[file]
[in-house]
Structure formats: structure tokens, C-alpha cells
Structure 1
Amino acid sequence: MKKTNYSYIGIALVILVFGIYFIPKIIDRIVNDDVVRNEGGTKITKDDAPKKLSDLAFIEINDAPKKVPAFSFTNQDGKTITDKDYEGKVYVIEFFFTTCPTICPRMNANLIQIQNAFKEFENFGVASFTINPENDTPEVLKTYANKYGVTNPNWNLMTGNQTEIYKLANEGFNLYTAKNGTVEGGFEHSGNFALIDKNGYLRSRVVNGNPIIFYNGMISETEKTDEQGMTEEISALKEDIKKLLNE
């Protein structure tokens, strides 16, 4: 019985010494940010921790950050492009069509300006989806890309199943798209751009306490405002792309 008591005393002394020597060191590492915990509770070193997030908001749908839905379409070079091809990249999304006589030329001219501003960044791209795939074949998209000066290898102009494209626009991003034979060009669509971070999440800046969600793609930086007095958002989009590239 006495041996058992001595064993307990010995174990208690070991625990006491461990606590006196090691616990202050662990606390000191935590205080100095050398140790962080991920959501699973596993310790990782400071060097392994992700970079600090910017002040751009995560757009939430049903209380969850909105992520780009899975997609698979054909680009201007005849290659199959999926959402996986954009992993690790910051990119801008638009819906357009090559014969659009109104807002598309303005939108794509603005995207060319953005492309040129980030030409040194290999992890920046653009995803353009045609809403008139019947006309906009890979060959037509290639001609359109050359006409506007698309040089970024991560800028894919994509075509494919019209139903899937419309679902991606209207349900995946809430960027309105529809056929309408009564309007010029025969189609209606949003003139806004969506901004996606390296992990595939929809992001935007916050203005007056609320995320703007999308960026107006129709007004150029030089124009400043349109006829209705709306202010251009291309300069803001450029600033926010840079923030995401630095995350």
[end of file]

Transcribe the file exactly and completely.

[in-house]
Structure formats: structure tokens, C-alpha cells
Structure 1
Amino acid sequence: MKKTNYSYIGIALVILVFGIYFIPKIIDRIVNDDVVRNEGGTKITKDDAPKKLSDLAFIEINDAPKKVPAFSFTNQDGKTITDKDYEGKVYVIEFFFTTCPTICPRMNANLIQIQNAFKEFENFGVASFTINPENDTPEVLKTYANKYGVTNPNWNLMTGNQTEIYKLANEGFNLYTAKNGTVEGGFEHSGNFALIDKNGYLRSRVVNGNPIIFYNGMISETEKTDEQGMTEEISALKEDIKKLLNE
């Protein structure tokens, strides 16, 4: 019985010494940010921790950050492009069509300006989806890309199943798209751009306490405002792309 008591005393002394020597060191590492915990509770070193997030908001749908839905379409070079091809990249999304006589030329001219501003960044791209795939074949998209000066290898102009494209626009991003034979060009669509971070999440800046969600793609930086007095958002989009590239 006495041996058992001595064993307990010995174990208690070991625990006491461990606590006196090691616990202050662990606390000191935590205080100095050398140790962080991920959501699973596993310790990782400071060097392994992700970079600090910017002040751009995560757009939430049903209380969850909105992520780009899975997609698979054909680009201007005849290659199959999926959402996986954009992993690790910051990119801008638009819906357009090559014969659009109104807002598309303005939108794509603005995207060319953005492309040129980030030409040194290999992890920046653009995803353009045609809403008139019947006309906009890979060959037509290639001609359109050359006409506007698309040089970024991560800028894919994509075509494919019209139903899937419309679902991606209207349900995946809430960027309105529809056929309408009564309007010029025969189609209606949003003139806004969506901004996606390296992990595939929809992001935007916050203005007056609320995320703007999308960026107006129709007004150029030089124009400043349109006829209705709306202010251009291309300069803001450029600033926010840079923030995401630095995350």